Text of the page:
Frazer Scott, Energy Action Scotland, Chief Executive

Ross Matthewman, Chartered Institute of Environmental Health, Head of Policy and Campaigns

Ruth London, Fuel Poverty Action

Rev Dr Simon Woodman and Rev Vanessa Conant, Citizens UK, Co-chairs - Just Transition Campaign

Will Snell, Fairness Foundation, Chief Executive

Patrick Marples, South West London Law Centres, Chief Executive 

Sarah Woolnough, Asthma + Lung UK, CEO

Miriam Turner & Hugh Knowles, Friends of the Earth, Co-Executive Director

Martin O’Brien, Association of Local Energy Officers

Kamran Mallick, Disability Rights UK, CEO

Harriet Lamb, Ashden, CEO

Richard Quallington, Action with Communities in Rural England (ACRE), Executive Director

Alan Markey, National Association of Welfare Rights Advisers, Chair

Mark Knox, Aspire NI, CEO

Sam Ward, Climate Cymru, Manager 

Rowan Ryrie, Parents for Future UK, Founder

Seamus McGibbon, Creators’ Rights Alliance. Public Relations and Campaigns

Deborah Tomkins, Green Christian, Co-chair

Dr Laura Santamaria, Fair Energy Campaign, Campaign Chair 

Robert Taylor, Camden Federation of Private Tenants (CFPT), Organiser

Sabine Goodwin, Independent Food Aid Network, Coordinator 

Svetlana Kotova, Inclusion London, Director of Campaigns and Justice

J Todd, Climate Action Network West Midlands, Treasurer

Alicia Kennedy, Generation Rent, Director

John McGowan, Social Workers Union, General Secretary

Joseph Howes, End Child Poverty Coalition, Chair

Tessa Khan, Uplift, Executive Director

Chris Meregini, Southwark Group of Tenants Organisations, Chair

David Hillman, Stamp Out Poverty, Director

Garry Campbell, Groundwork UK, Communications Manager

Katie-Jo Luxton, RSPB, Executive Director

Andy Atkins, A Rocha UK, CEO

Mark Hodgkinson, Scope, Chief Executive

Roz Davies, The Green Estate CIC, CEO 

David Cowdrey, MCS Foundation, Director of External Affairs 

Angela Francis, WWF, Director of Policy Solutions 

Tufail Hussain, Islamic Relief, UK Director

Sarah Greenfield Clark, Climate 2025, Director

Anna Henry, The Movements Trust, Director

Pamela Healy OBE, British Liver Trust, Chief Executive

Revd Dr Darrell Hannah, Operation Noah, Chair

Julie Harrington, Guts UK Charity, CEO

Rachel Kirby-Rider, Young Lives vs Cancer, Chief Executive

Marshall, National Development Team for Inclusion (NDTi), Chief Executive

Alice Harrison, Global Witness, Strategy Lead, Fossil Fuels Newsroom

Carys Roberts, Institute for Public Policy Research (IPPR), Executive Director 

Adam Scorer, NEA (National Energy Action), CEO

Chaitanya Kumar, NEF (New Economics Foundation), Head of Environment and Green Transition

Bronwen Smith-Thomas, The Climate Coalition, Head of Campaigns and Politics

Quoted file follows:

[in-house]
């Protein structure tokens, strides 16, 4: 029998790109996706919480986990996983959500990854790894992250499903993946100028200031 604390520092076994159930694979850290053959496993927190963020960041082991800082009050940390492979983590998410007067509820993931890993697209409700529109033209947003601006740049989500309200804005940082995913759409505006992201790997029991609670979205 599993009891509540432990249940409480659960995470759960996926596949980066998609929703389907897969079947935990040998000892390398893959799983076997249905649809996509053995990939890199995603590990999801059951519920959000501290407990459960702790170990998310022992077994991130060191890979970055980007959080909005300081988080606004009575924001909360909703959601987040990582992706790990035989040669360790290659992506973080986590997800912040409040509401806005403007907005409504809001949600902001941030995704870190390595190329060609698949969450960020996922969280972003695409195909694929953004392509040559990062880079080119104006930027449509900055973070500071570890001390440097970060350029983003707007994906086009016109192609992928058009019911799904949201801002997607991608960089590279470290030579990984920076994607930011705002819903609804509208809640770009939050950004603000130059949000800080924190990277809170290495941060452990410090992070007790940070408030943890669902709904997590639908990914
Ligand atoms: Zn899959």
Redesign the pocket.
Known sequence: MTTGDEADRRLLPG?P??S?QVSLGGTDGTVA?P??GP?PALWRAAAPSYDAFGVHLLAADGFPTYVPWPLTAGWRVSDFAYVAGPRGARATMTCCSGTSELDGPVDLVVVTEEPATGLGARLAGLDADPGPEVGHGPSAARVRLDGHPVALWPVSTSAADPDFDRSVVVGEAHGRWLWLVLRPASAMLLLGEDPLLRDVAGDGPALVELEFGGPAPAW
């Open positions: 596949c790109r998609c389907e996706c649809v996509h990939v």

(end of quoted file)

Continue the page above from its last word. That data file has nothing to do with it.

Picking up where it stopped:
Nick Bryer,, European Campaigns Director

Charlotte Davies, Swansea MAD, CEO

Felix Wight, Repowering London, Interim CEO

If you are an MP who would like to add your name to the open letter, please contact us at:

Welcome to your new roles. You’ve been elected to government with an enormous majority on the promise of change. Now you have a real opportunity - and responsibility - to deliver it. We’re encouraged to see that you’ve already stuck by your promise to end the ban on new onshore wind in England. But there’s much more to do to make our energy system fairer and protect households this winter.

For too long, our broken energy system has prioritised oil and gas company profits and left millions of people living in cold, damp, mouldy homes, forced to make a stark choice between heating our homes and eating.

As you enter Downing Street, millions of people are still living in fuel poverty. Whilst energy bills fell this month, we all know the benefits will be wiped out by the predicted rise in October. At a time of soaring energy debt, many of us simply cannot afford another winter of the same old system.

In your manifesto, you promised urgently needed change: to lower energy bills, insulate homes and invest in homegrown clean energy while getting us off oil and gas. Now, you must take urgent action to support struggling households through the coming winter.

We urge you to stick to the promises you made and deliver on them for communities all across the UK by: protecting vulnerable households, launching a Help to Repay energy debt scheme, expanding renewables, banning forced prepayment meters and ensuring smart meters work for all who want them, ramping up insulation programmes, reforming standing charges and ending energy industry profiteering.

There are simple and immediate ways you can begin to deliver on your commitments, and make things fairer for households, including:
- Launching the Warm Homes Plan
- Introducing a more comprehensive Warm Homes Discount this winter
- Protecting us from soaring energy prices by getting off oil and gas for good

We voted for bold solutions to the energy crisis. As the newly elected government, you have a once in a generation opportunity to show that you will bring meaningful change to fix our broken energy system for good.